With apologies to Thomas Wolfe, it turns out you can go home again. When you’re caring for an aging parent, you have to go home – often .
The house I return to, on the southern bank of Trout River in Jacksonville, is the same house that Tupelo Honey Lee inhabits in my novel, Sewing Holes. Loosely based on the people who inhabited the house during the 1970s, and our friends, neighbors, and relatives, the characters have been camouflaged, altered, and combined. Some events I’ve made up out of whole cloth. Unlike Wolfe’s unfortunate George Webber, I’ve received no menacing letters or death threats, but I did have one explosive telephone call from my hysterical mother, during which I had to remind her, repeatedly, “Mama, it’s FICTION.”
It’s so confusing. On her first read, my mother announced that she LOVED the book. I exhaled a sigh of relief, because the mother in the novel is a difficult one, and clearly some of the events paralleled our own experiences. Then one day my stepfather asked his visiting personal caregiver to read the book aloud to him, due to his failing eyesight. Hearing the same words she’d already read silently, now falling from another person’s lips, sent Mama into a rage. “I never knew how much you hated me!” she cried into the phone. After she calmed down, I gently suggested to my stepfather that they abandon the reading. He died without ever hearing the lovely scene of mother-daughter reconciliation at the end.
Mother’s memory is failing enough that her pride in my accomplishments has replaced her fear that someone in her Florida hometown will read the story and decide that she and the mother in the book are one and the same. She now introduces me as, “My baby, the author.” Embarrassing, but, given the alternative, I’ll take it.
What I find fascinating is how entering the doors of that small frame house takes me back to a time when I felt small and powerless. The river is still lovely and timeless; the hill our house rests on still slopes gently to its shore. The rooms inside still form a circle to traverse endlessly, and some of my father’s paintings still grace the walls. Mother is still queen of her domain, forever pruning her flower garden and fishing for compliments on its beauty.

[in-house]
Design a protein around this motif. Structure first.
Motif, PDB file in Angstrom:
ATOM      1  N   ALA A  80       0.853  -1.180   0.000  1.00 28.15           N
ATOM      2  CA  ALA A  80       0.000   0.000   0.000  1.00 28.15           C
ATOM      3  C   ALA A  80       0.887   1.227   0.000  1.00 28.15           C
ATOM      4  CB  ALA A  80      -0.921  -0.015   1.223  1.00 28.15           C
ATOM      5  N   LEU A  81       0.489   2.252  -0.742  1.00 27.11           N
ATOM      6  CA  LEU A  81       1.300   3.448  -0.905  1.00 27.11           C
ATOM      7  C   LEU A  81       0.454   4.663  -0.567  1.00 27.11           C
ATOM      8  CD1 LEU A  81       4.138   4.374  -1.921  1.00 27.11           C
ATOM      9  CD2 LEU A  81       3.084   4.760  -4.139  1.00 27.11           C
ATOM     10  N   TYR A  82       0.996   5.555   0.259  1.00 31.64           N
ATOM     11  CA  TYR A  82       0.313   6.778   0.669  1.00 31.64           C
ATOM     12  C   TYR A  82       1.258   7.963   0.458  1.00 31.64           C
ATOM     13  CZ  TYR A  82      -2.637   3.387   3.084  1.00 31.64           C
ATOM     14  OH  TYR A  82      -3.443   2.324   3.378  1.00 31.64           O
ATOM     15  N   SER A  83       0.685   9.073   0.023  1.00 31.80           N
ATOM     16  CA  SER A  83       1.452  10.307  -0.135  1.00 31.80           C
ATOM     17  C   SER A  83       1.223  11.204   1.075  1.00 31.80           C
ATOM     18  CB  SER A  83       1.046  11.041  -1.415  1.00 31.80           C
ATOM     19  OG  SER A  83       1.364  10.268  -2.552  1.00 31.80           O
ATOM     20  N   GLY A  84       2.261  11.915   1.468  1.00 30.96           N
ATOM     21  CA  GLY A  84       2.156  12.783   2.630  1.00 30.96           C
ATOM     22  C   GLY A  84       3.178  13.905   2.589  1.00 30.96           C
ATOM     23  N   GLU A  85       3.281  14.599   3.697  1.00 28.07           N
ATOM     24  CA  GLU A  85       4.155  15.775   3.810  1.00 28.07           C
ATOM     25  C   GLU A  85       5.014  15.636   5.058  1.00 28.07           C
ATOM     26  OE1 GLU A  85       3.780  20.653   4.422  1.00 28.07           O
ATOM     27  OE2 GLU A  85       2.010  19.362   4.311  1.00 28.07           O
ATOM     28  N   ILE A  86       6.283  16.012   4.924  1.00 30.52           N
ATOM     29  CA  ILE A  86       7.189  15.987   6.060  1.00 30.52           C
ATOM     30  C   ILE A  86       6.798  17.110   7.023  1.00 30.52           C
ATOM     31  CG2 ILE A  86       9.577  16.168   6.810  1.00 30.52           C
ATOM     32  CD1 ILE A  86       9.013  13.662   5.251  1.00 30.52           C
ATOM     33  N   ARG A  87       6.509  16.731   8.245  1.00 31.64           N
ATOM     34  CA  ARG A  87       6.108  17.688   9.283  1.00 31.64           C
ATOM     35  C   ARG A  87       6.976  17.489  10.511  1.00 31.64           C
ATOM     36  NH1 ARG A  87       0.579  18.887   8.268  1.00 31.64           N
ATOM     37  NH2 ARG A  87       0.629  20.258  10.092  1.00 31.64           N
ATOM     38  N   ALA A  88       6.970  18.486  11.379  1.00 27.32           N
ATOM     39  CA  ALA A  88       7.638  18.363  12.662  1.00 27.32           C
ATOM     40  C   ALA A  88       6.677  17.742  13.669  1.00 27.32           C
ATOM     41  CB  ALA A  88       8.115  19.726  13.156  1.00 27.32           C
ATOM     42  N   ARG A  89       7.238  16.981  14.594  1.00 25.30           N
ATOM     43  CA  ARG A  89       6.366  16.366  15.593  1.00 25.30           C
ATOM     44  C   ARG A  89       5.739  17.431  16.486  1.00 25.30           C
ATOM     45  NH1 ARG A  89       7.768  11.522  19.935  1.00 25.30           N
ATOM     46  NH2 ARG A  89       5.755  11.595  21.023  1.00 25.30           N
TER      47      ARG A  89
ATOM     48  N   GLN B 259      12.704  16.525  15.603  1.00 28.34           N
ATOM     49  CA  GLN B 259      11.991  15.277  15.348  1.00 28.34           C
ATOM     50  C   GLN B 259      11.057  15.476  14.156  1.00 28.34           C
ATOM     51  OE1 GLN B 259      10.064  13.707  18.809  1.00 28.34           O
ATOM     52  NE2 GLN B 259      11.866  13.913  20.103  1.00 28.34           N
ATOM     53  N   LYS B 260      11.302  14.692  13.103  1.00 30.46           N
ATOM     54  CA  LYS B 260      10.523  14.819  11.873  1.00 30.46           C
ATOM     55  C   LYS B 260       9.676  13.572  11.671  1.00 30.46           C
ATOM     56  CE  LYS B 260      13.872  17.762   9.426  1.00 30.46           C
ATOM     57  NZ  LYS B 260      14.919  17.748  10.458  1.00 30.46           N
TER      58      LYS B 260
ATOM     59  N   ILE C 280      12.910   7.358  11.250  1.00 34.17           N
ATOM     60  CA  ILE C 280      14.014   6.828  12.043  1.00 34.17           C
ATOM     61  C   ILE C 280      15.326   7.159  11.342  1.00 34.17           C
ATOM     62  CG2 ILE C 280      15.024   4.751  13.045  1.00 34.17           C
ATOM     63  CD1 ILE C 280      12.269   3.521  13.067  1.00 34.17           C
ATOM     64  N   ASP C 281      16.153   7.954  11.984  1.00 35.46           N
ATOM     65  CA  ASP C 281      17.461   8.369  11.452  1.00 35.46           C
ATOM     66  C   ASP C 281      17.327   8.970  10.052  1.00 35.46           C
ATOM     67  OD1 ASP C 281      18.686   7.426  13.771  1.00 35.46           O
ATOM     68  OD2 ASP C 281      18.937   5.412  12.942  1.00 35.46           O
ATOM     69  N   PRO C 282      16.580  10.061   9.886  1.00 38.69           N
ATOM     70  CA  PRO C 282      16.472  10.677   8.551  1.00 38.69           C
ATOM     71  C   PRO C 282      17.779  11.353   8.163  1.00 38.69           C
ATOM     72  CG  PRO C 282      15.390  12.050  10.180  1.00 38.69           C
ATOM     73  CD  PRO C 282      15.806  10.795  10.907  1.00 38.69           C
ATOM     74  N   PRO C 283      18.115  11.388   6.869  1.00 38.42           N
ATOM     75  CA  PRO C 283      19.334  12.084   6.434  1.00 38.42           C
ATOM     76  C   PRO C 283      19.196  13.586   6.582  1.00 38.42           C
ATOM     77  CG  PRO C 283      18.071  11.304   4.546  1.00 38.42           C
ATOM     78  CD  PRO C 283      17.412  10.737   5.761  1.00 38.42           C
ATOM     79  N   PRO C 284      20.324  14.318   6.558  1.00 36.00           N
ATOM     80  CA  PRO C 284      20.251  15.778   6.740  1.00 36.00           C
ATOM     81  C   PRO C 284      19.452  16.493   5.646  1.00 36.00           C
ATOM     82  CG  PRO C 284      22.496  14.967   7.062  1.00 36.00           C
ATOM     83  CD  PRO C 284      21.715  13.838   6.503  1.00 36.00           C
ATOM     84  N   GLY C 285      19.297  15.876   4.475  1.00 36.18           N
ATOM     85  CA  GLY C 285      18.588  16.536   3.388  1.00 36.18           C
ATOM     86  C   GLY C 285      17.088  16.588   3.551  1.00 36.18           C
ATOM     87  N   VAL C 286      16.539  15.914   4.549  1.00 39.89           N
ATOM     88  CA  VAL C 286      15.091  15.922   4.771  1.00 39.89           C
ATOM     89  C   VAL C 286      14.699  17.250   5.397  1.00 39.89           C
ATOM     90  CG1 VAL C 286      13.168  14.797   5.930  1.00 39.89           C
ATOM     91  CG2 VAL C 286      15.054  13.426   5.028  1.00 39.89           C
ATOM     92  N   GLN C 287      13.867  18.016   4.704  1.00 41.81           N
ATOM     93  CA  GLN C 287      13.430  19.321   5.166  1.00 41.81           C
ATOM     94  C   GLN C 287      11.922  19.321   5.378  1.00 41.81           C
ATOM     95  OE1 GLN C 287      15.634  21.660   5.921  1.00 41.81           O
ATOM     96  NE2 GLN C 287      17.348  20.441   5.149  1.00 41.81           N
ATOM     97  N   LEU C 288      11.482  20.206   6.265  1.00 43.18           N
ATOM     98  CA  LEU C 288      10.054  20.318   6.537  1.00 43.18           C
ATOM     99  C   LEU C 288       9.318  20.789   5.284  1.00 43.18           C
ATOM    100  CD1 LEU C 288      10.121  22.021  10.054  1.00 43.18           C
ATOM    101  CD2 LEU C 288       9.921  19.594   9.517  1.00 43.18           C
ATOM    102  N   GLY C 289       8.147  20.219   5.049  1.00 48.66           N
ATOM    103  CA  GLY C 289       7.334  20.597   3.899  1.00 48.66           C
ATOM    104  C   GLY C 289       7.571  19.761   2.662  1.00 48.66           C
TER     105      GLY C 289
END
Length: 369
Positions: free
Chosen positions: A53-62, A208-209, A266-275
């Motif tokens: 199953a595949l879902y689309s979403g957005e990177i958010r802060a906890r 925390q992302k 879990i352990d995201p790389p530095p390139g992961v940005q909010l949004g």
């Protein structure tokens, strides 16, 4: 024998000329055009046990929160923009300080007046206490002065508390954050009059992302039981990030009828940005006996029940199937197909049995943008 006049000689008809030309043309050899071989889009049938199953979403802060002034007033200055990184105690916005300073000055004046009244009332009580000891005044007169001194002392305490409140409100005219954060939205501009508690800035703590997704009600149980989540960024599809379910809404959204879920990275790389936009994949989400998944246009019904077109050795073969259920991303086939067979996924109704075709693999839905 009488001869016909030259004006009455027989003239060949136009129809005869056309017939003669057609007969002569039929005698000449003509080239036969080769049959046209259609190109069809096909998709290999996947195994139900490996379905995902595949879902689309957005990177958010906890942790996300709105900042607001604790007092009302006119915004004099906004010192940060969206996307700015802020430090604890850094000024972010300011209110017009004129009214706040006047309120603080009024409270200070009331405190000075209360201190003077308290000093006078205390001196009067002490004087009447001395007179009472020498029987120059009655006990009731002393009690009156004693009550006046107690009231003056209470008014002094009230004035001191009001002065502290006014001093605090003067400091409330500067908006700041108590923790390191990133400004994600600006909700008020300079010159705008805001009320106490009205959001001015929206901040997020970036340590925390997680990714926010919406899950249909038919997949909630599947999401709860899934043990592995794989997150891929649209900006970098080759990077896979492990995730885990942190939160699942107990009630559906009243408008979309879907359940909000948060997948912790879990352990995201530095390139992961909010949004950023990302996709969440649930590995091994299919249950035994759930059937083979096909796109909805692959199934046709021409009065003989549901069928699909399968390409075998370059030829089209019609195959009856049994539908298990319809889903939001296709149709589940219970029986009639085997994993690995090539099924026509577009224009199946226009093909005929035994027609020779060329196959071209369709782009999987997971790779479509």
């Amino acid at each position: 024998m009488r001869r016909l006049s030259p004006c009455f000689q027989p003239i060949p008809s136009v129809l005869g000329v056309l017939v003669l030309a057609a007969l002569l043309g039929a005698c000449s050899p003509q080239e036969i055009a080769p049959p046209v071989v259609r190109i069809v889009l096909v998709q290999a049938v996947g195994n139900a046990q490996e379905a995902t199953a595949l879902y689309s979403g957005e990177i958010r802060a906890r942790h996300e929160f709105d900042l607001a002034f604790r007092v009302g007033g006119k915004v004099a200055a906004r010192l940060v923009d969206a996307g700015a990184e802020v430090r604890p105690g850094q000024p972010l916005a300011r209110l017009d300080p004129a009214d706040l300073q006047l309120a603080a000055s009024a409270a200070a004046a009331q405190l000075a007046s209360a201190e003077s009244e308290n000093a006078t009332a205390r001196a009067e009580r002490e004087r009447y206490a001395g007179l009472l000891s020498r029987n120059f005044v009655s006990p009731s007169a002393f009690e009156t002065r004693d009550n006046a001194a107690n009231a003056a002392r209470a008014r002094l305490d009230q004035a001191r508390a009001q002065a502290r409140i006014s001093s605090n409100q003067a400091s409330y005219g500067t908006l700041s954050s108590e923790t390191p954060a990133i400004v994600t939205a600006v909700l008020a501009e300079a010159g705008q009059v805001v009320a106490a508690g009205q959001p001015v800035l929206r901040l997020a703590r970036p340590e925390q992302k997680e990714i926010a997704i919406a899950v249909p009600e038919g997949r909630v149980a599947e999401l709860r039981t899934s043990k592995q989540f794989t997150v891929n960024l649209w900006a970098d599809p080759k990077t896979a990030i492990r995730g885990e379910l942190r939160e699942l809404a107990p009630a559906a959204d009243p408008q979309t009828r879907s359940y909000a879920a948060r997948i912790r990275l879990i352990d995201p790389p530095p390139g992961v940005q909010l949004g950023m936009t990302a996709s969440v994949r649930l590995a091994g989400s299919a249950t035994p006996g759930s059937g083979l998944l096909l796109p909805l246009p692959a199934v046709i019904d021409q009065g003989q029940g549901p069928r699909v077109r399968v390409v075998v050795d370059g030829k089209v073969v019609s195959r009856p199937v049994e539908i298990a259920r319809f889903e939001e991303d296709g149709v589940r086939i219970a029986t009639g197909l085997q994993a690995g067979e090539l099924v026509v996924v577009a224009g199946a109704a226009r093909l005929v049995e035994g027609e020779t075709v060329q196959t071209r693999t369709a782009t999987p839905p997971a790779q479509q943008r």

True power has shifted. I have her power of attorney and am her medical surrogate. I pay her bills, and when the time comes, I’ll decide where she spends her last days. We both hope that she’ll go to sleep one night in her bed in this house, and wake up in Heaven. But not for a long time to come. For now, I spend our visits doing her bidding, trying endlessly to please her, and sometimes succeeding. Like little Honey in the book, my fondest wish is her nod of approval. She gives it more freely now than then.
Home, for me, will always be where Mama smiles.
Darlyn Finch Kuhn‘s work has appeared in literary journals, newspapers, magazines and online, in addition to her two poetry collections (Red Wax Rose and Three Houses). Her poems have been featured on Poetic Logic on NPR, and read by Garrison Keillor on the Writers Almanac. She was interviewed on World Radio Paris. Kuhn is the eponymous “Scribbler,” of the Scribbles literary e-newsletter. She produces book trailer videos with her husband at Brad Kuhn & Associates in Orlando, Florida. Her debut novel, Sewing Holes, (available now from Twisted Road Publications) won first prize in the 2015 Royal Palm Awards from the Florida Writers Association.